Jeremy Pruitt, whose team suffered a humiliating opening-week loss at home to Georgia State and then followed that with another loss in heartbreaking fashion to BYU in overtime in week two, took to the radio airwaves Wednesday to answer questions from Volunteers fans. And, one wanted to make sure how much he despised Florida:
Jeremy Pruitt didn't mince his words when asked if he does, in fact, hate the Gators.
"Yes, I hate Florida."https://t.co/4Ux0DzPwYl
— Rocky Top Insider (@rockytopinsider) September 19, 2019
The caller asked a question about whether the Vols might be able to pull a shocker, like they did over Auburn in Pruitt’s inaugural season of 2018, but also very plainly put it to the former Alabama and Florida State defensive coordinator, “do you hate Florida?”
Pruitt answered the question about the mentality going into Gainesville, as a 14-point underdog in their SEC opener. Then threw in the line,
“And yes, I hate Florida.”
And, while Gators fans might take that insult, as perfect “bulletin board material” to motivate their team, the dislike has been there from both sides for 25 years or more.
Encouraging for the Vols, and even though it was under previous coach Butch Jones, Tennessee should have a mentality should be that they can hang with Florida. As each of the last two meetings in Gainesville under Jones, Tennessee had the lead in the final minute of the game, only to let Florida dramatically score the game-winning touchdown on a huge pass play.
A year ago in Knoxville, the Gators used six turnovers and two defensive touchdowns to wipe out Tennessee 47-21 in a game that wasn’t as close as the final.
Meanwhile, instead of the “level of hatred, or not” Gators coach Dan Mullen has bigger concerns about using dual quarterbacks in Kyle Trask and Emory Jones. And, he must deal with the expectations that the Gators should, once again, wipe out “The Big Orange.”
Then, let the media and fans talk about insults, afterwards.
Gators coach Mullen likely to use two QBs against Tennessee
After losing starting QB Feleipe Franks to an ankle injury on Saturday night against SEC rival Kentucky, the Gators have now found themselves with an unexpected decision as to who will be starting QB?
Franks was replaced by redshirt junior Kyle Trask, who was seeing his first significant action of his Florida career, especially trailing by double figures in a hostile SEC road environment. However, it’s likely that RS Freshman Emory Jones will also take some snaps at quarterback this season.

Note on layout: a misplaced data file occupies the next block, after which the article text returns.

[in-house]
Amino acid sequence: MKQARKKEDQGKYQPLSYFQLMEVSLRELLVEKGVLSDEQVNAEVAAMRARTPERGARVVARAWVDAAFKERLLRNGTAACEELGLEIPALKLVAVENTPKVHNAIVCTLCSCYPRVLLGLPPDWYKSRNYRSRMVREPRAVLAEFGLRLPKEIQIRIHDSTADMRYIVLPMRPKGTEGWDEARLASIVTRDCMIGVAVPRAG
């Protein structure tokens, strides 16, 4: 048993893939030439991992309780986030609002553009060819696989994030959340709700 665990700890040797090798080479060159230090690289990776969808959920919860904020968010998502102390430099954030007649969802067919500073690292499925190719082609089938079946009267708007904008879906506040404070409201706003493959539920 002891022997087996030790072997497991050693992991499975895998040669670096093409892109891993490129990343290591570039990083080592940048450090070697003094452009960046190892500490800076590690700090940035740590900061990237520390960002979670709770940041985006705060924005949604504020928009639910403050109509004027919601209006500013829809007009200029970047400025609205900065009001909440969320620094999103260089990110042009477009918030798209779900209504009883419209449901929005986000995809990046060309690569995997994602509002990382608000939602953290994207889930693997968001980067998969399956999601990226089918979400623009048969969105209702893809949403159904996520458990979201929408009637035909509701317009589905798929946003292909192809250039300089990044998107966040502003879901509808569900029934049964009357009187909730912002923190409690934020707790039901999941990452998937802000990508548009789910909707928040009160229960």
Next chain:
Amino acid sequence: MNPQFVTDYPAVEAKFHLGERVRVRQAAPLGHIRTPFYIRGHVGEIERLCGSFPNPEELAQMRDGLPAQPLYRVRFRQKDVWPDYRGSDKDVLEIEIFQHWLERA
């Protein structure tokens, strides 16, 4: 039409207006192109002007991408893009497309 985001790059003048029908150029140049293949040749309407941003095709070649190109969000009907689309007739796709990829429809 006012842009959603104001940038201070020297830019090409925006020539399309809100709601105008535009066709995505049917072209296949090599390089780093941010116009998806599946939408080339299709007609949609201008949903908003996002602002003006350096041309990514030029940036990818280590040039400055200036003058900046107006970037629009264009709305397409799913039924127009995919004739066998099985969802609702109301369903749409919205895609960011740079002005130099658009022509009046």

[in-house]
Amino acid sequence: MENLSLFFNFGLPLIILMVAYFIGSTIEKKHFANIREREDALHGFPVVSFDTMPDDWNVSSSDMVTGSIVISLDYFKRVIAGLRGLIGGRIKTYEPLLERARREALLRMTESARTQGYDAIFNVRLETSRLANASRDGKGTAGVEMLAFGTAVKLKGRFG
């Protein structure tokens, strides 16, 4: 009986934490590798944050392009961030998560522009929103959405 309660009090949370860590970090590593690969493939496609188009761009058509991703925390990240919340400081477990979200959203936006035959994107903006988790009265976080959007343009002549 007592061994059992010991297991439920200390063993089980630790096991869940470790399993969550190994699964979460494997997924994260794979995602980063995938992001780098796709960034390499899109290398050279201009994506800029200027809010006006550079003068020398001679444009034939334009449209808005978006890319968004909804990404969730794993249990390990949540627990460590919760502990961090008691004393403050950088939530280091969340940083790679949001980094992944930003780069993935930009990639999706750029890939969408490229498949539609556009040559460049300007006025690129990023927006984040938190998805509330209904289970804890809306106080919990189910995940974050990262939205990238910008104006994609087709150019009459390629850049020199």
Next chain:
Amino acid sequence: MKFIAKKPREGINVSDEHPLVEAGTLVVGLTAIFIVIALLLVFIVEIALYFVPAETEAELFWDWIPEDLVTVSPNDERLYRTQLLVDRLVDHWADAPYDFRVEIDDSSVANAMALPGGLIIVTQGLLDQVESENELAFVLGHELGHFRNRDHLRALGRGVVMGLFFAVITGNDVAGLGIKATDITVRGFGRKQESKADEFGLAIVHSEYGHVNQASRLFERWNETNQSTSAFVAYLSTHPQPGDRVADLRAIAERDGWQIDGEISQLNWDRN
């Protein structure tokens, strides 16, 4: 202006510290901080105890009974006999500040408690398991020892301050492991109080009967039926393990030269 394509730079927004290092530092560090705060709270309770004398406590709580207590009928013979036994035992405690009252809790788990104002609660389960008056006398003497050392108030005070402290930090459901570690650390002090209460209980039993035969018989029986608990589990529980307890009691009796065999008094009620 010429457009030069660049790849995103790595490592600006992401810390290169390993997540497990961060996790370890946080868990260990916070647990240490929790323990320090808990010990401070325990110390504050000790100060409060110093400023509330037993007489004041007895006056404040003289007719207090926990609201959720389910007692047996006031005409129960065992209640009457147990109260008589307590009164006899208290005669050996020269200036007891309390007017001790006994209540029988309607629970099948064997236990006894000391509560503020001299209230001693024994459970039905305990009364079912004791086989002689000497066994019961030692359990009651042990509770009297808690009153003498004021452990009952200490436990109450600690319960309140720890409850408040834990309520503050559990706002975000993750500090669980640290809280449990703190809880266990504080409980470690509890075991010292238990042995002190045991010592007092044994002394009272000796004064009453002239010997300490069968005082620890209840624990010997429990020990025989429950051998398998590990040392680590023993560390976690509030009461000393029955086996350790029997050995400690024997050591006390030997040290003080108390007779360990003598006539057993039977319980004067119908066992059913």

Mullen sat down with Emory Jones and Kyle Trask this morning and told them they're ready for this moment because of all the reps they've gotten in practice.
— Robbie Andreu (@RobbieAndreu) September 16, 2019
Mullens decision to potentially go with both QBs could be not only to determine which guy will be his offensive leader for the rest of the season, but to also give their next opponent, Tennessee, more to prepare for as the head into their next conference rivalry game.
The Gators second year coach announced on Monday that Franks is officially done for the season.
On a fourth-and-one scramble with 3:21 remaining, Franks was sandwiched between multiple Wildcat defenders and bent backwards. Even though replays weren’t shown, it was clear he had suffered a dislocated right ankle injury.
So bad was the injury, that trainers who came to assist Franks on the turf at Commonwealth Stadium immediately put an air cast on his right leg. Then he was eventually carted off to the locker room after nearly the entire Gator team had surrounded him and wished him well.
Frank’s has been a “lightning rod of criticism” throughout his Florida career, but did silence a lot of those critics with his play down the stretch last season. That included a late season comeback win over South Carolina, playing well in the rivalry victory over Florida State, and then, following that up with a good performance in the easy victory in the Peach Bowl over Michigan.
However, Franks and the offense struggled much of the first three quarters of Saturday night’s SEC opener at Kentucky. At the time he left with an injury he was an efficient 12-17 for 174 yards with a TD pass and 1 INT. Still, they had only put one touchdown on the board while trailing 21 – 10.
Trask went in for Franks and went on to pull out a come from behind win for the Gators, completing 9 for 13 passes, with 126 passing yards. He’ll be competing for playing time with Jones, the No. 85 overall prospect in the Class of 2018 and four-star dual-threat quarterback.
Jones saw limited action last season to maintain redshirt status, but completed 12-16 passes for 125 yards, two touchdowns and no interceptions in the four games he play in. Jones is also more of a dual threat to run and that will give Mullen and staff more options on play calls, if/when he’s on the field.